Alex Massie

2012: Last Chance Republicanism?

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How large are the stakes in this year's American presidential election? Pretty huge if you're a Republican. Jon Chait has an excellent piece in New York magazine explaining how the GOP, in its present form, has mortgaged its future in a bet that Barack Obama will be a one-term President. Defeat, he suggests, will mark the end of the Republican party as we've known it since Nixon won. Time and, more importantly, demography is not on its side.

Right-wing warnings of impending tyranny express, in hyperbolic form, well-grounded dread: that conservative America will soon come to be dominated, in a semi-permanent fashion, by an ascendant Democratic coalition hostile to its outlook and interests. And this impending doom has colored the party’s frantic, fearful response to the Obama presidency.

Every year, the nonwhite proportion of the electorate grows by about half a percentage point—meaning that in every presidential election, the minority share of the vote increases by 2 percent, a huge amount in a closely divided country. [...] By 2020—just eight years away—nonwhite voters should rise from a quarter of the 2008 electorate to one third.

Now or Never

"The 2012 election may be the last opportunity for Republicans.”

Will Republicans win again? Of course they will. The better question is whether this kind of Republican party has a plausible longer-term future or whether the GOP will have to change to appeal to a different kind of America. And it surely will. If there's anything they could learn from British conservatives - in many respects a bunch of "squishes" compared to the rock-ribbed Republicans across the atlantic ocean - it's the need to find a way of talking to voters who might agree with you in broad terms but are repelled by the extremity of your language or the sense that there's an ugly stigma attached to outing yourself as a Tory or Republican.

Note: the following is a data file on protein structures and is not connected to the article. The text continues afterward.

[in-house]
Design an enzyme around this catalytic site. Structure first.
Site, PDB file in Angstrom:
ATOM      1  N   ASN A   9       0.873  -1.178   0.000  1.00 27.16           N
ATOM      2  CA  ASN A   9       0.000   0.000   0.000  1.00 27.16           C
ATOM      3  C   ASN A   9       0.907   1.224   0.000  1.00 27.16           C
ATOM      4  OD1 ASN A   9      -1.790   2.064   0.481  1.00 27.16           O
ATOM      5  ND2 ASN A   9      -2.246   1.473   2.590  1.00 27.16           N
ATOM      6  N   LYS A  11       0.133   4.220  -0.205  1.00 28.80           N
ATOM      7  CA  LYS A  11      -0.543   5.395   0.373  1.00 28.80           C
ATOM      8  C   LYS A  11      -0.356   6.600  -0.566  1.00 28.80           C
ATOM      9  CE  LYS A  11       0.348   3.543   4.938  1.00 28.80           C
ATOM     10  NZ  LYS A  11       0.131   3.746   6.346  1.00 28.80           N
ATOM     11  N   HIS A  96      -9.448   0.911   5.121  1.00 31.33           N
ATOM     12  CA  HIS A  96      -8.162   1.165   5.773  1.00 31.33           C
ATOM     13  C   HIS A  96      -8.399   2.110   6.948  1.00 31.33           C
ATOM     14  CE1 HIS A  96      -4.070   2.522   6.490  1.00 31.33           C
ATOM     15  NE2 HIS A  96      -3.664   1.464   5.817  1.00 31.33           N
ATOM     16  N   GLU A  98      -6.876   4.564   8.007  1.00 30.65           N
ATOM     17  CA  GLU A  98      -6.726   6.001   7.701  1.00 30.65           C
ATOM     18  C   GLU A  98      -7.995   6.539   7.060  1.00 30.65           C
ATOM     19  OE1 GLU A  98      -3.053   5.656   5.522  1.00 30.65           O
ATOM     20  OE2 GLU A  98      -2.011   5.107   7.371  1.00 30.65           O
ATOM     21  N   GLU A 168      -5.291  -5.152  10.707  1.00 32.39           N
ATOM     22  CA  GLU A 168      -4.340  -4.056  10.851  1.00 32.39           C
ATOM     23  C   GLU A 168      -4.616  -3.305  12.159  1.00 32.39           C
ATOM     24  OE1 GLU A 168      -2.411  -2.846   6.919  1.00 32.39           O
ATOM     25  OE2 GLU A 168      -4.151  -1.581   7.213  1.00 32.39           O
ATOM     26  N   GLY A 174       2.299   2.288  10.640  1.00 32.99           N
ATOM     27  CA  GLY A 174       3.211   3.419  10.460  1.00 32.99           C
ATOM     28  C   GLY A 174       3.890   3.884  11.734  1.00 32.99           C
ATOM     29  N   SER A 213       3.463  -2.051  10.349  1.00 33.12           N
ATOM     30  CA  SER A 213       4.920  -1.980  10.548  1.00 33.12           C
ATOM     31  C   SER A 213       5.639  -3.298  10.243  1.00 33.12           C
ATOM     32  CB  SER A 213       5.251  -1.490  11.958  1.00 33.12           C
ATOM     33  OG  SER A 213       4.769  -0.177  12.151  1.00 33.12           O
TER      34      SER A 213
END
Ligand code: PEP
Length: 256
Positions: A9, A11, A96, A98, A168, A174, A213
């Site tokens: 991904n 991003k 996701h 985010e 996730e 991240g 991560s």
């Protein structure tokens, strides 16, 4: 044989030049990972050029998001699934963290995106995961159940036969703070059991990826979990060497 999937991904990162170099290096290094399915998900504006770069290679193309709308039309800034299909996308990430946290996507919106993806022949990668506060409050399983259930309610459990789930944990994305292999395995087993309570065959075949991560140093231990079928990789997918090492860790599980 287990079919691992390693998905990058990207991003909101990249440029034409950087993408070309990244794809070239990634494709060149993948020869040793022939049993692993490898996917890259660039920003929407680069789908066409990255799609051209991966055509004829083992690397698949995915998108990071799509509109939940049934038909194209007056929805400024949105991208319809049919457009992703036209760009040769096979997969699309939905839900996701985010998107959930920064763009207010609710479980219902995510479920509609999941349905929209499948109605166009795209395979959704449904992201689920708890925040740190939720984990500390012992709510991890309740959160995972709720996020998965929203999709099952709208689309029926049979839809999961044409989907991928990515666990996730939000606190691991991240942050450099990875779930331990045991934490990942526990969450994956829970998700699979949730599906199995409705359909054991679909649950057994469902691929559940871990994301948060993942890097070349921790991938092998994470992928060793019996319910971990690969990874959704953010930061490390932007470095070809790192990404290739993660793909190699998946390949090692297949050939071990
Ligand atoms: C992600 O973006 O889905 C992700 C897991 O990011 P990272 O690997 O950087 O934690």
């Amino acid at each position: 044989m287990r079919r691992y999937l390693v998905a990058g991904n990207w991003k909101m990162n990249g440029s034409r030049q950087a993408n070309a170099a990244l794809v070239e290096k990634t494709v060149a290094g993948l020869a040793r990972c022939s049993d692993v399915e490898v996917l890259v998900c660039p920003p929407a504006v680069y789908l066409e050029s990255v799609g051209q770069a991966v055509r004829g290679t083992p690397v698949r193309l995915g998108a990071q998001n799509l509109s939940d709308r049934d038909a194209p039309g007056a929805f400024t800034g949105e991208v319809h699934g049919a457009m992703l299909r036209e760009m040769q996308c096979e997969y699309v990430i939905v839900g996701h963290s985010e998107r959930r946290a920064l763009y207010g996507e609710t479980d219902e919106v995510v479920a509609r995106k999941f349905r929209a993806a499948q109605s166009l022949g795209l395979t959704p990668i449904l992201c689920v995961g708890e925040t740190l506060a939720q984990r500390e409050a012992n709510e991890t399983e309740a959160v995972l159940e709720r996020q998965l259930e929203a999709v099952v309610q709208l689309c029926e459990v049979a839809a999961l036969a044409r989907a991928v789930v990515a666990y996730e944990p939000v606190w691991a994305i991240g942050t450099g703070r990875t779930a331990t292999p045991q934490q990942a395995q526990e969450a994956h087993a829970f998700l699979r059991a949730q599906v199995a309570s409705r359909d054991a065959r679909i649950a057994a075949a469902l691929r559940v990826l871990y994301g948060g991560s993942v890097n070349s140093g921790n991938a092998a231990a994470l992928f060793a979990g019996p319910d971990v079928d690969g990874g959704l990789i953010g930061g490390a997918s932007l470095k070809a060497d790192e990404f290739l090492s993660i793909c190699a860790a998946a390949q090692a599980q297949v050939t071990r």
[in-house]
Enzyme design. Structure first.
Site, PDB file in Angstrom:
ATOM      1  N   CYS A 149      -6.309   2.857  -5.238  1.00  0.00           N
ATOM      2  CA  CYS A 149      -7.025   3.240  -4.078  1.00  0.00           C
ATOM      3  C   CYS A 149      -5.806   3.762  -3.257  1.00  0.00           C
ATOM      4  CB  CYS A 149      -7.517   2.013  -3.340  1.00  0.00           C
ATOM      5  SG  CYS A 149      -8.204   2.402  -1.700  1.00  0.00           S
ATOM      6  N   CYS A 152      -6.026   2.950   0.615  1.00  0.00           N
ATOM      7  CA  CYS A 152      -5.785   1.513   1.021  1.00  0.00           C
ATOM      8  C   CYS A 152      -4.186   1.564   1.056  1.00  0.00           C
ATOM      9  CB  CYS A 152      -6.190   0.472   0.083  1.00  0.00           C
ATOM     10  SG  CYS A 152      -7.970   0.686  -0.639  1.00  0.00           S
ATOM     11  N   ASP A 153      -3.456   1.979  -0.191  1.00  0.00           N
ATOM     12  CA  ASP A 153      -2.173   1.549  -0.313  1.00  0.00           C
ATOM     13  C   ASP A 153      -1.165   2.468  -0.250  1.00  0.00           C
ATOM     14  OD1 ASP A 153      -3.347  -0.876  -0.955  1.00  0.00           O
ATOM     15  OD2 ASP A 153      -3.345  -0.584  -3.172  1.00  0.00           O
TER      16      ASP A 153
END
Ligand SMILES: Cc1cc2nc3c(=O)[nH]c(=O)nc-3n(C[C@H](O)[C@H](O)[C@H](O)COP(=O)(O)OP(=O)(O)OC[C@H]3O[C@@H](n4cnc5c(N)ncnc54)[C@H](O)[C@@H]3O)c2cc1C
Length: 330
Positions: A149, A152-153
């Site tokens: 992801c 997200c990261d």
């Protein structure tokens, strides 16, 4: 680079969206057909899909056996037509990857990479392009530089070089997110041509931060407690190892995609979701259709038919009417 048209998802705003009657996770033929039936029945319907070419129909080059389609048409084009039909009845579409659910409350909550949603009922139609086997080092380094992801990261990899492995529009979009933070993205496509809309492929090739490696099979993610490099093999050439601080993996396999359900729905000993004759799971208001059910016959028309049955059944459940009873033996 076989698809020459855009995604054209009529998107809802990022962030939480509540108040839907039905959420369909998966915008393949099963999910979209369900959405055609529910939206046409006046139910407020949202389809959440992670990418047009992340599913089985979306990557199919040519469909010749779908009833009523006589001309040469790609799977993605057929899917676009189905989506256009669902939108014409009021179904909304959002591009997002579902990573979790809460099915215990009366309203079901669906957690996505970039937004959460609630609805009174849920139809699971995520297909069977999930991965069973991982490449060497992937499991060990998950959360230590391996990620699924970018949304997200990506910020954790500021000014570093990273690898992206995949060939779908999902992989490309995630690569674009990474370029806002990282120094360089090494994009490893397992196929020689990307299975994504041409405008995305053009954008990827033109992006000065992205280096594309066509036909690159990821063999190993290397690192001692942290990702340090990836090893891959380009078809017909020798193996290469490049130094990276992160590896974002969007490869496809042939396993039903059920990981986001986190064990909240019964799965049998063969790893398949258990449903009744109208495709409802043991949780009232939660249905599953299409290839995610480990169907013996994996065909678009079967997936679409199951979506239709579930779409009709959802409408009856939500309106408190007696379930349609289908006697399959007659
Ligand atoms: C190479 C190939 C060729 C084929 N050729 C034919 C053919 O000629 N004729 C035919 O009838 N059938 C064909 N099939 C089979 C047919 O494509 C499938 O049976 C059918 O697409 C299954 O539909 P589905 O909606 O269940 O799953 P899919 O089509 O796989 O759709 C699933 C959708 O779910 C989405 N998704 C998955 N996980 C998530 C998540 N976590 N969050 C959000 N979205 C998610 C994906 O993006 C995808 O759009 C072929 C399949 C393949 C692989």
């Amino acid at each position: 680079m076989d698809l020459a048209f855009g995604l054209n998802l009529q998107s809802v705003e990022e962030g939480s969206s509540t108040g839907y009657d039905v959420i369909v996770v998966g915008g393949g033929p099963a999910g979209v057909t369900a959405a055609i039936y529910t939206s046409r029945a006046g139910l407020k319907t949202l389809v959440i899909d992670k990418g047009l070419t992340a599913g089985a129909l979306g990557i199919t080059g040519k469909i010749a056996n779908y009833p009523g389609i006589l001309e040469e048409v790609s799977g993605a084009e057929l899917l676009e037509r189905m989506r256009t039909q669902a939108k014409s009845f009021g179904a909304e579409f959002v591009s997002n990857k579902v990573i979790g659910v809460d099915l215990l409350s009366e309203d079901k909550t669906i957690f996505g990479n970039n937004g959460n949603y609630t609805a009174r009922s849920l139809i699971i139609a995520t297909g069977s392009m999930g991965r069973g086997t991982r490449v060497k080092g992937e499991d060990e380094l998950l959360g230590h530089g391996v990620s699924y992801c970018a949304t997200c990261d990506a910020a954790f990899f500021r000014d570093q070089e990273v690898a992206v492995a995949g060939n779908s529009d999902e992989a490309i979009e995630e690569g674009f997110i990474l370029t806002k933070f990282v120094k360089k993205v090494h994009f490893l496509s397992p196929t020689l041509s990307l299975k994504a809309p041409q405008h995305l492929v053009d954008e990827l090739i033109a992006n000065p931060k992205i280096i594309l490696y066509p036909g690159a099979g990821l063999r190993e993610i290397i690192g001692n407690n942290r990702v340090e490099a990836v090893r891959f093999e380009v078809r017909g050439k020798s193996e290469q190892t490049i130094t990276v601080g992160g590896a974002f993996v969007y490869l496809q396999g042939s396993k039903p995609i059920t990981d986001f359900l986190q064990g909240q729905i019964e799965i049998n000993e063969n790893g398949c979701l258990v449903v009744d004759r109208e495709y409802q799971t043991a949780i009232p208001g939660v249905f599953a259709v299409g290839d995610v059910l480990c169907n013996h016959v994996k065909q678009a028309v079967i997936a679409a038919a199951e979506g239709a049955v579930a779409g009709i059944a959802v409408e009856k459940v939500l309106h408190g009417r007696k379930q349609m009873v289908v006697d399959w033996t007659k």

To take one example: Americans are moving towards accepting gay marriage. Not in all states and not uniformly quickly across the country but moving nonetheless. Younger, college-educated Americans are especially likely to back gay marriage but the Republican party's attitude towards this issue is couched in such terms that it breeds hostility towards the GOP. In advertising-speak, it tarnishes the brand, making it harder to sell the product's better qualities. (Perhaps the GOP doesn't need to shift on gay marriage and this alone won't be enough, but it needs to make some kind of shift.)

Since voting in the United States is often, perhaps even largely, a matter of cultural affirmation in which voters make a declaration about their values and the type of person they believe themselves to be then this trend, like the GOP's continuing struggles with Latino voters, is not encouraging for the Republican party. And conservatives know the power of cultural identification: hell, it has been the backbone of the Republican coalition for forty years.

It also stands to reason that if Democrats continue to win two-thirds of the latino vote then, again, the Republican party has a difficult future. If you accept that the United States is still reasonably evenly divided between Republicans and Democrats then the Democratic advantage in a rapidly-growing segment of the population is the electoral equivalent of compound interest: a small thing with dramatic consequences. One poll of Latino voters published last December reported that 73% of hispanic voters think the GOP either ignores or is openly hostile towards Latinos. These voters could agree with the GOP's economic diagnosis but many of them will still vote for the Democratic candidate.